Location

Guy Harvey Oceanographic Center Facility

Start

5-19-2016 9:45 AM

End

5-19-2016 10:00 AM

Description

A study involving standardized artificial reef modules (ReefballsTM) was conducted in Puerto Morelos, Mexico. The purpose was to explore the use of artificial structure in restoration and mitigation projects in a Caribbean coral reef environment similar to South Florida by applying select experimental treatments hypothesized to accelerate their acquisition of a natural coral reef assemblage. Multiple hypotheses on the progression and interaction between artificial structure and the resulting fish, coral, algal, and non-coral invertebrate assemblages were examined. Each of 40 reefball modules received one of 4 treatments (10 modules/treatment): invertebrate substrate pads, coral transplants, settlement plates, or control. Following deployment, monitoring trips were made on a bi-annual basis for 3 years to assess the development of the biotic assemblages, with a final trip made 6 years post-deployment. At each module divers conducted non-destructive visual counts of fishes to obtain data on total abundance, species richness, size classes, and assemblage structure. Other monitoring work included coral recruitment surveys, invertebrate substrate pad collections, and digital imaging of coral transplants and benthic quadrats. Seasonal variation and patterns of succession were observed. In general there were very few significant differences between experimental treatments and controls, although results indicate that some of the treatments did have an effect on community composition of select species.

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May 19th, 9:45 AM May 19th, 10:00 AM

If you build it, will they come? Exploring enhancements to artificial structure for use in restoration and mitigation applications in the Mexican Caribbean

Guy Harvey Oceanographic Center Facility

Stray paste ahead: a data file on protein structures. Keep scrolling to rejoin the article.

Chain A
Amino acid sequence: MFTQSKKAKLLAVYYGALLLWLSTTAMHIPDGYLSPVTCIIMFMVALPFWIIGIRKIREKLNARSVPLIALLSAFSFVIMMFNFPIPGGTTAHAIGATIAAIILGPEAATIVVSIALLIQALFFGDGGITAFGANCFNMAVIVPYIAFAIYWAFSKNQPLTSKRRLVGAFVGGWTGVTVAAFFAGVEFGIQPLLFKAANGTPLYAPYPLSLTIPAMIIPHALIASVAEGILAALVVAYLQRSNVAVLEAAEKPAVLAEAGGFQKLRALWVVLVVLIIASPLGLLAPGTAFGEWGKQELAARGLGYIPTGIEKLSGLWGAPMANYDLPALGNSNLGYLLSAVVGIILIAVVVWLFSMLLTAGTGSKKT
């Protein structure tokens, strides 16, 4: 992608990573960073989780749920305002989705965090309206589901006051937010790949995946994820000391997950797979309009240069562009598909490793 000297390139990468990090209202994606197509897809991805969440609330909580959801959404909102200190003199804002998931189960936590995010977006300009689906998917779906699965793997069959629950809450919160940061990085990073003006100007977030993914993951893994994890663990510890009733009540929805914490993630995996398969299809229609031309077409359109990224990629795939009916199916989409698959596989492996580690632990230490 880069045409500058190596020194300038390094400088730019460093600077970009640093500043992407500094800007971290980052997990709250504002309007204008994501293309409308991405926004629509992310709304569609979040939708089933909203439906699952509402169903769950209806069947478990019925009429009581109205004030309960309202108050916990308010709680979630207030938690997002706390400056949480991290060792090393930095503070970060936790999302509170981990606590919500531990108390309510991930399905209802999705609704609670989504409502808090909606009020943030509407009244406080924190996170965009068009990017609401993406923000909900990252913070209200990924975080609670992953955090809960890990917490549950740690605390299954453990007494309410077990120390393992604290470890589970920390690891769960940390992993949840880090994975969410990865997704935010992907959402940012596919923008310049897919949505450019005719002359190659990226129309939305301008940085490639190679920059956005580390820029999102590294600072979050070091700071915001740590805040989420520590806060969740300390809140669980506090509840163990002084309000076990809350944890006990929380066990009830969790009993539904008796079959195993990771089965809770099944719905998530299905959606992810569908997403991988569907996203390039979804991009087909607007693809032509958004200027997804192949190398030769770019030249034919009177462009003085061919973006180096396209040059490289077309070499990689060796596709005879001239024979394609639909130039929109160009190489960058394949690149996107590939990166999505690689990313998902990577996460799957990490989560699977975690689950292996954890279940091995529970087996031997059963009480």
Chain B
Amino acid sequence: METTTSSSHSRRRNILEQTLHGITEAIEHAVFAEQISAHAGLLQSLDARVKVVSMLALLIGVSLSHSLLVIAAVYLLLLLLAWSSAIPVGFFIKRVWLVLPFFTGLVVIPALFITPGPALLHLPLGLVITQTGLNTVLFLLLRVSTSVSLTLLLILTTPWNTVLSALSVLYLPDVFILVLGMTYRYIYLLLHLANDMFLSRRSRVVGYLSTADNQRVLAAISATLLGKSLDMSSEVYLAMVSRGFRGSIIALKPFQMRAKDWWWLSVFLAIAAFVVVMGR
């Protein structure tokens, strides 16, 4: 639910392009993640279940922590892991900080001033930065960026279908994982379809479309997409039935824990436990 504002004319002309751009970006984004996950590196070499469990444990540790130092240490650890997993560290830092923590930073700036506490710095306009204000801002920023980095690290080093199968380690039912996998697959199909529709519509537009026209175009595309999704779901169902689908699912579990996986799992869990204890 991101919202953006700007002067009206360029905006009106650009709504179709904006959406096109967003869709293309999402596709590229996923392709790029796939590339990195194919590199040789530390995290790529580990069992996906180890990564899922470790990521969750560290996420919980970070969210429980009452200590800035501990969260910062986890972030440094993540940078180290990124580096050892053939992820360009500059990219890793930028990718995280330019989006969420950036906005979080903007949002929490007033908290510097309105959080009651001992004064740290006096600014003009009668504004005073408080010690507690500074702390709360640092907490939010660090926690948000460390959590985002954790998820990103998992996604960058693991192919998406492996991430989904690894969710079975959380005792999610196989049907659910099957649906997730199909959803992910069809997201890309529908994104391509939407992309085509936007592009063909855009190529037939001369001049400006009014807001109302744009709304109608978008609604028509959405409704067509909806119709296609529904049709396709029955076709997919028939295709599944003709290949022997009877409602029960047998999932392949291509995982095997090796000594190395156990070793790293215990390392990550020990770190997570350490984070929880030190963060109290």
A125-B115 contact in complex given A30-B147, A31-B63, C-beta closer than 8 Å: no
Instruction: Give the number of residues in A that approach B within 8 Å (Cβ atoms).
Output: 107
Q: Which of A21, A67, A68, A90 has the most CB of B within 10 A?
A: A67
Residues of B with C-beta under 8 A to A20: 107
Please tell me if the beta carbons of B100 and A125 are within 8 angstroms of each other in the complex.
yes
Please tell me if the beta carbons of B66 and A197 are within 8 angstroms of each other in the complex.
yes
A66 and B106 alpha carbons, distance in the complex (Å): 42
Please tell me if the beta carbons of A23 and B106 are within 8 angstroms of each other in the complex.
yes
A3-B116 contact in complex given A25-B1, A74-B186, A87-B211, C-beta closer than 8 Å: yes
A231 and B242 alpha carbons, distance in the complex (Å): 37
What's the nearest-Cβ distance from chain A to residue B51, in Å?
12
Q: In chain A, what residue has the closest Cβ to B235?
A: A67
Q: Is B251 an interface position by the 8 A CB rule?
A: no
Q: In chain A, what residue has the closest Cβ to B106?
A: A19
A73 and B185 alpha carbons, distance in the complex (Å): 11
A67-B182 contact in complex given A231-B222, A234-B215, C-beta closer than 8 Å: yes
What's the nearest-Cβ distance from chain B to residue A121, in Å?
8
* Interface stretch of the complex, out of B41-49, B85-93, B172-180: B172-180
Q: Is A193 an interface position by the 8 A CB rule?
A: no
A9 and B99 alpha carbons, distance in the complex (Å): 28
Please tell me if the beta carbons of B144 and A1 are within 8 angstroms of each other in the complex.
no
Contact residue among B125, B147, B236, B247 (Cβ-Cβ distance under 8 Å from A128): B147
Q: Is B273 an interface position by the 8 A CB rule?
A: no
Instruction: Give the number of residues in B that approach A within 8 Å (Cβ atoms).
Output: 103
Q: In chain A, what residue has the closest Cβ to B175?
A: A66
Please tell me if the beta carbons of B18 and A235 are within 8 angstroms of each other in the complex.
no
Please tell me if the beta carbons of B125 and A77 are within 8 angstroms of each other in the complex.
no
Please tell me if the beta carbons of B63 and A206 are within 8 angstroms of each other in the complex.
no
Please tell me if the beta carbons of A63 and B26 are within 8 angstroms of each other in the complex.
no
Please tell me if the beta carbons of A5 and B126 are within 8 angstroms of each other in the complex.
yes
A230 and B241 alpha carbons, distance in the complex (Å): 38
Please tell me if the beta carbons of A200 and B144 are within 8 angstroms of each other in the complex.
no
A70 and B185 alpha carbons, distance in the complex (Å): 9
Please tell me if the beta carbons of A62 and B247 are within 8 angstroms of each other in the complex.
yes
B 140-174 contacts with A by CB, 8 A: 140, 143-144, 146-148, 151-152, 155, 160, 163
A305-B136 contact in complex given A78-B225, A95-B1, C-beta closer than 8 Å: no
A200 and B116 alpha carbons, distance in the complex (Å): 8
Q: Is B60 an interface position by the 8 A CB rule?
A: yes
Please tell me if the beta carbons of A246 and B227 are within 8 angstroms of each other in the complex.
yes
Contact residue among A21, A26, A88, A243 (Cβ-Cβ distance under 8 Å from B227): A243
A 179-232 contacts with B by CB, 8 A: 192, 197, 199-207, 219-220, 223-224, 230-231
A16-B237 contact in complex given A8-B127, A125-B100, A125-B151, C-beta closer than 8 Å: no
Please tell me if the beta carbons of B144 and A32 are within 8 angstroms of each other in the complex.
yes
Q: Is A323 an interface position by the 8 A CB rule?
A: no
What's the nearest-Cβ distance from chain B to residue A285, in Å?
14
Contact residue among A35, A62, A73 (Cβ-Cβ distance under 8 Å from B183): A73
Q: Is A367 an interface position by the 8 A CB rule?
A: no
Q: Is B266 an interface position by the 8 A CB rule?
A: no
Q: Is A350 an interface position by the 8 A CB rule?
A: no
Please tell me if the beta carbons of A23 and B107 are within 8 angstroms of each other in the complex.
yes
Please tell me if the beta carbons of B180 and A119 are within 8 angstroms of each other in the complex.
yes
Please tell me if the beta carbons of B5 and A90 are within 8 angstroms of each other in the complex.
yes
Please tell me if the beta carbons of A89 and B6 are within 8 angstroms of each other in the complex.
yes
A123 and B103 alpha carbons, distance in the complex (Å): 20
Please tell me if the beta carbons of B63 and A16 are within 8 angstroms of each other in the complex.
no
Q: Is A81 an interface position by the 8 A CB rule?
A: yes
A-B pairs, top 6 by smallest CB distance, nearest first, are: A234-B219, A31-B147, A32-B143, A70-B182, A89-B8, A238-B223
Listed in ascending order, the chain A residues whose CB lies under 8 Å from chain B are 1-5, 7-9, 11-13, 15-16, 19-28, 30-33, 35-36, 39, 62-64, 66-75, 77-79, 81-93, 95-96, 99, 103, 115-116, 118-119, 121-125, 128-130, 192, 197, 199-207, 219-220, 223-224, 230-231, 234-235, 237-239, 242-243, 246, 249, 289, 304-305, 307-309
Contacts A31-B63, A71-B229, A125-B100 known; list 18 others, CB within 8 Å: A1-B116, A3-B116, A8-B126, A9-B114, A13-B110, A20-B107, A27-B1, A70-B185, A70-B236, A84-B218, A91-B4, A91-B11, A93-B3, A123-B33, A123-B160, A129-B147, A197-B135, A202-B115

A study involving standardized artificial reef modules (ReefballsTM) was conducted in Puerto Morelos, Mexico. The purpose was to explore the use of artificial structure in restoration and mitigation projects in a Caribbean coral reef environment similar to South Florida by applying select experimental treatments hypothesized to accelerate their acquisition of a natural coral reef assemblage. Multiple hypotheses on the progression and interaction between artificial structure and the resulting fish, coral, algal, and non-coral invertebrate assemblages were examined. Each of 40 reefball modules received one of 4 treatments (10 modules/treatment): invertebrate substrate pads, coral transplants, settlement plates, or control. Following deployment, monitoring trips were made on a bi-annual basis for 3 years to assess the development of the biotic assemblages, with a final trip made 6 years post-deployment. At each module divers conducted non-destructive visual counts of fishes to obtain data on total abundance, species richness, size classes, and assemblage structure. Other monitoring work included coral recruitment surveys, invertebrate substrate pad collections, and digital imaging of coral transplants and benthic quadrats. Seasonal variation and patterns of succession were observed. In general there were very few significant differences between experimental treatments and controls, although results indicate that some of the treatments did have an effect on community composition of select species.